PEPEEKEO, Hawaii – The situation at the Hu Honua bioenergy plant planned for Pepeekeo is unclear, following rumors of mass layoffs and slow work progress.
Hu Honua is currently reconstructing the former sugar mill power plant at Pepeekeo into a modern biomass electricity generation station.
Elaine Munro, a vocal opponent of the project, first reported that a security guard at the main entrance of the gate told her more than 100 workers have been laid off, and that the guard also expected to be laid off soon.
Members of a neighborhood coalition against the project are appealing the Windward Planning Commission’s approval of Hu Honua’s special management area permit, which was granted after a contested case hearing was held. The group says recently there has been a slowdown of activity at the plant.
We checked in with the spokesperson for Hu Honua, and we were provided a statement from the company that appears to address the labor situation at the plant.
The company is saying that a labor jurisdiction decision involving dozens of workers is holding things up. The workers are from two craft unions – the United Association of Journeymen & Apprentices of the Plumbing and Pipe Fitting Industry (Pipefitters) and the International Brotherhood of Boilermakers, Iron Shipbuilders, Blacksmiths, Forgers & Helpers, AFL-CIO (IBB).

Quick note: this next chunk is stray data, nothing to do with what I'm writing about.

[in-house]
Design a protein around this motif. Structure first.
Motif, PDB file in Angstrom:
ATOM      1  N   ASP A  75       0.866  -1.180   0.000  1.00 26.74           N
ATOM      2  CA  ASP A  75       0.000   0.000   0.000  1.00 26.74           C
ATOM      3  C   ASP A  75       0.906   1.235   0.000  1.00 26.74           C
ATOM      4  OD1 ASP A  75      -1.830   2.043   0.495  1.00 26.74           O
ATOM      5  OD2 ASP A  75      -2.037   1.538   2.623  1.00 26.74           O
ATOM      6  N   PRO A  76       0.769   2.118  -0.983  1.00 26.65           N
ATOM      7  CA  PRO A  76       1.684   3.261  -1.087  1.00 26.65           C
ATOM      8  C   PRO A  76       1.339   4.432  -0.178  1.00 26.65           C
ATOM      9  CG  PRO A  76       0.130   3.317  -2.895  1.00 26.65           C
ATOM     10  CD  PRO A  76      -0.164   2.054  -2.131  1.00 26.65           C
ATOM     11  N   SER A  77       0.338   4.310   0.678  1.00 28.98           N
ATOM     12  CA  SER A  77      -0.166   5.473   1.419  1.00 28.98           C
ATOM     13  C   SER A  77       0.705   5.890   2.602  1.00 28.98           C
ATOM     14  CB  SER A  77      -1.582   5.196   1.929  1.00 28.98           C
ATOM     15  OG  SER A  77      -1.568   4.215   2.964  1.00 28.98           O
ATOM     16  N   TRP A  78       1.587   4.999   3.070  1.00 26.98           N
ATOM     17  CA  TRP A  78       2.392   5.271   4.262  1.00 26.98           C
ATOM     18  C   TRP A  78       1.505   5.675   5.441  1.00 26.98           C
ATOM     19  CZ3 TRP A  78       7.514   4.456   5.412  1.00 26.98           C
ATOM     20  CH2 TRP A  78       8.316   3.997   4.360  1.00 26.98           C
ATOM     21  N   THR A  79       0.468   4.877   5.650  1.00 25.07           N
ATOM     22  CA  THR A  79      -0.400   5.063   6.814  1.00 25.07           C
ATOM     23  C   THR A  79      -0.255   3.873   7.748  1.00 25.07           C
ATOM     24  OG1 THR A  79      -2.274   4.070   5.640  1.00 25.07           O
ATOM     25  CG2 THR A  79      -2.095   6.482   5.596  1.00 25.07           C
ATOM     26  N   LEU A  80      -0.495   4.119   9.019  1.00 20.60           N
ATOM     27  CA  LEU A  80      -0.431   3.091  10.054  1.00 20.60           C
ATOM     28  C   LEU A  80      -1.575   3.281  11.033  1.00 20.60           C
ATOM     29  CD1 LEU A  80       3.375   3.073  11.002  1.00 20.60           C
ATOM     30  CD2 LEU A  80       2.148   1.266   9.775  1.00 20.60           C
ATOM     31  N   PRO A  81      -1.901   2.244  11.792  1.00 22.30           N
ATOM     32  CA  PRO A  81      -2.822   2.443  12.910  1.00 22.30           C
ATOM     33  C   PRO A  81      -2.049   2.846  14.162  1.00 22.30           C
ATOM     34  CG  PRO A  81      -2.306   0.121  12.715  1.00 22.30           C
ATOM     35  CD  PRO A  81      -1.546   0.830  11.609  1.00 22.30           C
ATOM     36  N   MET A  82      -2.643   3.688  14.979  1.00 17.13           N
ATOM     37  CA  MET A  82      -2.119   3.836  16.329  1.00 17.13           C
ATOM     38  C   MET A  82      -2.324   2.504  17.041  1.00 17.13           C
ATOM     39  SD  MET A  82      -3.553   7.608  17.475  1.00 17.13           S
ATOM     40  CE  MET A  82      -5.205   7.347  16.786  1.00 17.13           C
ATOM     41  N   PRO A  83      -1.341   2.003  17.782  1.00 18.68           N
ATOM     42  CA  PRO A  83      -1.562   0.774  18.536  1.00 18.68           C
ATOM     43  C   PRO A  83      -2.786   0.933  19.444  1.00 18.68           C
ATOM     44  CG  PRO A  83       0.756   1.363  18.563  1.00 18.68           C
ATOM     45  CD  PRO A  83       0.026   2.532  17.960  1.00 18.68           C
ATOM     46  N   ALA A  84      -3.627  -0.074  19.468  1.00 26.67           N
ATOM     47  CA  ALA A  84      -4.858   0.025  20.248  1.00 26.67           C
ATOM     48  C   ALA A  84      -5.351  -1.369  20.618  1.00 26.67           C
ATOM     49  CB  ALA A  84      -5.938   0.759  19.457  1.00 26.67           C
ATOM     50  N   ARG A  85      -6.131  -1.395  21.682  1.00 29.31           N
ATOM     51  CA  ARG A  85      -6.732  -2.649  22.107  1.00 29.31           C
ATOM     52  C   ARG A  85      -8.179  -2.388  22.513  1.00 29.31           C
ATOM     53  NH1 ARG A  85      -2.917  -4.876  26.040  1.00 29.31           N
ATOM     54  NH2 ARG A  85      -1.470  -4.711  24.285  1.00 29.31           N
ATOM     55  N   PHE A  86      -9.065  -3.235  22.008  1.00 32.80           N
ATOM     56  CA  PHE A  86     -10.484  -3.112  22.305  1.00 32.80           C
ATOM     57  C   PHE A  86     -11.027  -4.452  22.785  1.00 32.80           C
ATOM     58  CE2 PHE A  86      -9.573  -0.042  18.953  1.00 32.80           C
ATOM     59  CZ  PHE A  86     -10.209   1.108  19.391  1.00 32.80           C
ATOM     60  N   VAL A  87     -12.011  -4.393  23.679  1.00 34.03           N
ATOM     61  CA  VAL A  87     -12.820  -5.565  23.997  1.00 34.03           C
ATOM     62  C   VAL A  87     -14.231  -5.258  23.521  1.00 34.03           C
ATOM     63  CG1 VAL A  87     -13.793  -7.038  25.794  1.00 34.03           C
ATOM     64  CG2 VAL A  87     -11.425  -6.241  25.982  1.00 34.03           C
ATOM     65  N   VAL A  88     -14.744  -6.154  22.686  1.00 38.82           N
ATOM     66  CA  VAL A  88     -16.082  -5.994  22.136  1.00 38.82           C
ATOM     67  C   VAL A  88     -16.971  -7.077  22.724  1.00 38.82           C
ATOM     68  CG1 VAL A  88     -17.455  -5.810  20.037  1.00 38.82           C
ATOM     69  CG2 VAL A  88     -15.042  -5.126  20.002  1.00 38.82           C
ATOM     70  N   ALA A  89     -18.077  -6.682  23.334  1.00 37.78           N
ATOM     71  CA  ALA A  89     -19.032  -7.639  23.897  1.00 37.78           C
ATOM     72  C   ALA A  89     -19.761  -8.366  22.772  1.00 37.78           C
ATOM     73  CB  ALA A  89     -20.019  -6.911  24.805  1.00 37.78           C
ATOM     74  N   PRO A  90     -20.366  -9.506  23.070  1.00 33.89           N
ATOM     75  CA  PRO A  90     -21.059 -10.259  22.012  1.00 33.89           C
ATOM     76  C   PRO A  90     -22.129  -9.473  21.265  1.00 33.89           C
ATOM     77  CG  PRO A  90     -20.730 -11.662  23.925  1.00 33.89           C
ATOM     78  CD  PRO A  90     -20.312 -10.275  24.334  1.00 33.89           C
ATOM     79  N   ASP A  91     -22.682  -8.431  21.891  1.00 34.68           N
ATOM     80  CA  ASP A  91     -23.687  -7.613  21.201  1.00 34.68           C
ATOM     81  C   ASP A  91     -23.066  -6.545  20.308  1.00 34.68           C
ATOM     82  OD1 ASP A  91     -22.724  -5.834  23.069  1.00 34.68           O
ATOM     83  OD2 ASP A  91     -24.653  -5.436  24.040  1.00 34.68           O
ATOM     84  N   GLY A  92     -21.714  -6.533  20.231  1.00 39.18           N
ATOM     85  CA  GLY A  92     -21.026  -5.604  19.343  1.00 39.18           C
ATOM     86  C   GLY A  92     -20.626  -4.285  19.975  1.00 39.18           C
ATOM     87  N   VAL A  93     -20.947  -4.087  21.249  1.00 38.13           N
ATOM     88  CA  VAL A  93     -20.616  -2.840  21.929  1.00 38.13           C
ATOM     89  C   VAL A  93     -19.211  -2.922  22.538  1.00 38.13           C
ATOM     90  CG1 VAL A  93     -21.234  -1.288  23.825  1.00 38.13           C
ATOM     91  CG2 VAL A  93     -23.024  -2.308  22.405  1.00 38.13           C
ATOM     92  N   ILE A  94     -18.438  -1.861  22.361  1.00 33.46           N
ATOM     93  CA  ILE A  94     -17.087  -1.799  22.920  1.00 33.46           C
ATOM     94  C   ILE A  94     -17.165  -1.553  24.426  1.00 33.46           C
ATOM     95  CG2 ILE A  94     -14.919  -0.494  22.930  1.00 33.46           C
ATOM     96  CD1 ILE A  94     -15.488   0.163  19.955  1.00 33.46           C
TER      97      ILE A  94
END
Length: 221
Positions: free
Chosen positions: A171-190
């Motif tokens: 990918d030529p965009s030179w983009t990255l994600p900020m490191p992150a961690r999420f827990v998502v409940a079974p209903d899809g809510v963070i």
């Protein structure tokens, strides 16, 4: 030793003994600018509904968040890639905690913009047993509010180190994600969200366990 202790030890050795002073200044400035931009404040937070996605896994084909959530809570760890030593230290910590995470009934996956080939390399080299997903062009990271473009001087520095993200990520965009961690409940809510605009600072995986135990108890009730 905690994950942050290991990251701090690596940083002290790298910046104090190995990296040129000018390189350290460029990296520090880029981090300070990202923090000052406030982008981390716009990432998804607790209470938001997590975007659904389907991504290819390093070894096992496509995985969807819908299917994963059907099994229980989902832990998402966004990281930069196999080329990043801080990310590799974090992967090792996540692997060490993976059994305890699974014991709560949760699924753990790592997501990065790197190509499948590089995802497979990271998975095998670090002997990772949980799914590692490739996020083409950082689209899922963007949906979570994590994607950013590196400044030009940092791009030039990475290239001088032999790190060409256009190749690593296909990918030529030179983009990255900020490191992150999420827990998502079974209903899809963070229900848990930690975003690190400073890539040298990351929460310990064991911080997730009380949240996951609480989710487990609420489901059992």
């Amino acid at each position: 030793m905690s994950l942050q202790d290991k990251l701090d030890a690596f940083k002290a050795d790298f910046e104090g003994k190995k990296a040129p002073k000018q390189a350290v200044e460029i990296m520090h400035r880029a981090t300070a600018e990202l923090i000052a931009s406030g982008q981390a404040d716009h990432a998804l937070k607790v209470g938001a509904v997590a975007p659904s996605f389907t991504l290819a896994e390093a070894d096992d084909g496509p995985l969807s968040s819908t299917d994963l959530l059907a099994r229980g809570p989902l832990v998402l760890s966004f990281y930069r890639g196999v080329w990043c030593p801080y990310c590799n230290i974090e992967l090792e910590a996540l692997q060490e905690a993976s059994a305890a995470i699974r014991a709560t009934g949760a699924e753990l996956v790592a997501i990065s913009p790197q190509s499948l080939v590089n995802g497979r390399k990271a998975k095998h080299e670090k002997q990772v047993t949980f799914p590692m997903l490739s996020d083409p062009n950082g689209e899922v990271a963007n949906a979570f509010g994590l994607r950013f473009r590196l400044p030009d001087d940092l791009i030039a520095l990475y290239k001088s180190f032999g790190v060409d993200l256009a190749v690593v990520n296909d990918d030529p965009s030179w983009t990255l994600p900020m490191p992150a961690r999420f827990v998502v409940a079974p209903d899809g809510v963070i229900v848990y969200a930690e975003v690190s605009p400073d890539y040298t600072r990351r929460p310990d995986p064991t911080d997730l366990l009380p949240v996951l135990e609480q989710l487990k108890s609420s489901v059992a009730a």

The general contractor for the reconstruction of the Hu Honua facility is Hawaiian Dredging Construction Company.
Hu Honua says the labor jurisdiction decision is the result of a process between the two unions and is being conducted with the Washington D.C.-based body called the Plan for the Settlement of Jurisdictional Disputes in the Construction Industry. The company says once a final determination is made, new workers may be assigned from a different union. The duration of this transition has yet to be determined.
Hu Honua has enjoyed strong union support as it has navigated various approvals and requirements, most recently at a public hearing before the Public Utilities Commission.
Hu Honua did say that its two dozen personnel are not affected by this decision, and they continue to work on oversight, planning, maintenance, and security at the site.
We spoke to Hawaii County officials in Research and Development yesterday, who said they dont know the details about what might be going on at the planned bioenergy facility.
Hu Honua has a signed power purchase agreement with Hawaii Electric Light Co. HELCO has submitted a request for PUC approval and the process has been underway for about 10 months.